Early life and education
"Mitchell himself was threatened with hanging at the hands of a Charlotte County mob angered by his reporting of the lynching, there, of Richard Walker in May 1886. Mitchell was sent a rope with a note attached warning him that he would be lynched himself if he ever set foot in the county. In reply, and borrowing a line fromShakespeare, Mitchell had this to say : “There are no terrors, Cassius, in your threats, for I am so strong in honesty that they pass by me like the idle wind, which I respect not.” Then, armed with two Smith and Wesson pistols, he boarded a train for Smithville and undeterred, walked the five miles from the station to the site of the hanging." [Maurice Duke and Daniel P. Jordan, eds., A Richmond Reader: 1733-1983, (Chapel Hill, N.C., 1983), pp. 327-328]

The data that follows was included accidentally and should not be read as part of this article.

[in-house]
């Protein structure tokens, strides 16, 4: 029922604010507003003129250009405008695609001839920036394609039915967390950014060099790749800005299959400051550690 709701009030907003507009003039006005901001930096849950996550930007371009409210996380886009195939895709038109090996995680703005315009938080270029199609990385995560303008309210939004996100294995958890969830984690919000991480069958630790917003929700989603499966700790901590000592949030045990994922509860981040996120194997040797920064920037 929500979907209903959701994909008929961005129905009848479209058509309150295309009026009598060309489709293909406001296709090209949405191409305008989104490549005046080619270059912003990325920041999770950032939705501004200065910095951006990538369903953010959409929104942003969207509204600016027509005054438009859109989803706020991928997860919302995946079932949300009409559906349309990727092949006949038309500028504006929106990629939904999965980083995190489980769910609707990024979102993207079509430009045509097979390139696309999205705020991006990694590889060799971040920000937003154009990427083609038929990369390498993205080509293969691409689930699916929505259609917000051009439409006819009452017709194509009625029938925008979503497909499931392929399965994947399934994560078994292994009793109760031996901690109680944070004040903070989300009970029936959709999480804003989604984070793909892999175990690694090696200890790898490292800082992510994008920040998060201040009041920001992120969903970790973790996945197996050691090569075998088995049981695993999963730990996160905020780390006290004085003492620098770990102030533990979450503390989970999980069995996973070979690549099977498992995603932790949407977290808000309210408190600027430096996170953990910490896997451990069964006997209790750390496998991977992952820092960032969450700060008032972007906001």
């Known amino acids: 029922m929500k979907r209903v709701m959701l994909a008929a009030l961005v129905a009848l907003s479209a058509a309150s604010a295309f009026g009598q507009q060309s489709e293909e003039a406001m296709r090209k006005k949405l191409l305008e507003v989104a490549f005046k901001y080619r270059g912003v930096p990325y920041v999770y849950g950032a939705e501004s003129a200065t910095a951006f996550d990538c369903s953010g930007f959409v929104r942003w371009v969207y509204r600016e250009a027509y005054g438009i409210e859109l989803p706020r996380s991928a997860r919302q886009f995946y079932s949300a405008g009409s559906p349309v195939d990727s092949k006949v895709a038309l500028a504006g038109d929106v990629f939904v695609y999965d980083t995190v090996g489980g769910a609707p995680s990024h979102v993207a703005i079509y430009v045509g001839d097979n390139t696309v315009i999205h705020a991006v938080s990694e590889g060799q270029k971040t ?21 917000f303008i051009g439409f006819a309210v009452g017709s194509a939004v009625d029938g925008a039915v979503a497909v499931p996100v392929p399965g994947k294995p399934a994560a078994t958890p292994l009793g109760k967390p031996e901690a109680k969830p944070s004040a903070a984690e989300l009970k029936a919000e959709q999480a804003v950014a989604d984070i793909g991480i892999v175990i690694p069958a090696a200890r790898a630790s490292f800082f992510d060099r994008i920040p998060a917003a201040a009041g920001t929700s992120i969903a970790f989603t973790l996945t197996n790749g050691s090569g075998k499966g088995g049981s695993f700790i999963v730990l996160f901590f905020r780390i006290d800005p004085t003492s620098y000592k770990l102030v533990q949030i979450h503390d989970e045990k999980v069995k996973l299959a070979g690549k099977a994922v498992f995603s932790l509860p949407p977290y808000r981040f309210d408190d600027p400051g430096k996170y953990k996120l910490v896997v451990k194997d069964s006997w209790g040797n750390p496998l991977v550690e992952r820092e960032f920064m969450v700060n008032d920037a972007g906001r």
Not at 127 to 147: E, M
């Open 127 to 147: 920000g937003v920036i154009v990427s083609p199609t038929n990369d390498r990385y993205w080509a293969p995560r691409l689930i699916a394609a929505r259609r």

Legacy and honors
- In 1996, the Library of Virginia had an extensive exhibit about John Mitchell, Jr. and his contributions to the Richmond Planet and the community in his public life.